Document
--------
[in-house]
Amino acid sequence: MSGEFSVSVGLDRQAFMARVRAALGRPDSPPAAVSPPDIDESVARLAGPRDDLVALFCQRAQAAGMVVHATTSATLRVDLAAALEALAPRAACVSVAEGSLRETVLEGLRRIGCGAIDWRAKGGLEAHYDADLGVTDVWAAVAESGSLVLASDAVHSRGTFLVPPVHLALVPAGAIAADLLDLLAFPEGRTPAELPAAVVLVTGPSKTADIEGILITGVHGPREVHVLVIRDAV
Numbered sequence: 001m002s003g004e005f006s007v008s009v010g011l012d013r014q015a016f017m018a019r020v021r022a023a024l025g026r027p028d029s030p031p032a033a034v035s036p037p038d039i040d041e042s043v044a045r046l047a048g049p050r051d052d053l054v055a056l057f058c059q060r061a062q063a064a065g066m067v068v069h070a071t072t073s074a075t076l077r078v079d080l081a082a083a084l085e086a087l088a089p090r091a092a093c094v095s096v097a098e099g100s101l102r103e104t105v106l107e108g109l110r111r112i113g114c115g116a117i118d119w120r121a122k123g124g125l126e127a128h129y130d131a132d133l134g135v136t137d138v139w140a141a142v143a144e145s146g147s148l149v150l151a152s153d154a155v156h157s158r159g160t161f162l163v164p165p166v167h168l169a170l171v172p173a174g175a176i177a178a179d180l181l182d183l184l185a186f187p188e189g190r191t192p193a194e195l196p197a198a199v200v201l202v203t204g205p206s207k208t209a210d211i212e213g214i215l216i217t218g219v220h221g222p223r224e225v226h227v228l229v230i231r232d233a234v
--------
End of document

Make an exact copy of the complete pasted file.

[in-house]
Amino acid sequence: MSGEFSVSVGLDRQAFMARVRAALGRPDSPPAAVSPPDIDESVARLAGPRDDLVALFCQRAQAAGMVVHATTSATLRVDLAAALEALAPRAACVSVAEGSLRETVLEGLRRIGCGAIDWRAKGGLEAHYDADLGVTDVWAAVAESGSLVLASDAVHSRGTFLVPPVHLALVPAGAIAADLLDLLAFPEGRTPAELPAAVVLVTGPSKTADIEGILITGVHGPREVHVLVIRDAV
Numbered sequence: 001m002s003g004e005f006s007v008s009v010g011l012d013r014q015a016f017m018a019r020v021r022a023a024l025g026r027p028d029s030p031p032a033a034v035s036p037p038d039i040d041e042s043v044a045r046l047a048g049p050r051d052d053l054v055a056l057f058c059q060r061a062q063a064a065g066m067v068v069h070a071t072t073s074a075t076l077r078v079d080l081a082a083a084l085e086a087l088a089p090r091a092a093c094v095s096v097a098e099g100s101l102r103e104t105v106l107e108g109l110r111r112i113g114c115g116a117i118d119w120r121a122k123g124g125l126e127a128h129y130d131a132d133l134g135v136t137d138v139w140a141a142v143a144e145s146g147s148l149v150l151a152s153d154a155v156h157s158r159g160t161f162l163v164p165p166v167h168l169a170l171v172p173a174g175a176i177a178a179d180l181l182d183l184l185a186f187p188e189g190r191t192p193a194e195l196p197a198a199v200v201l202v203t204g205p206s207k208t209a210d211i212e213g214i215l216i217t218g219v220h221g222p223r224e225v226h227v228l229v230i231r232d233a234v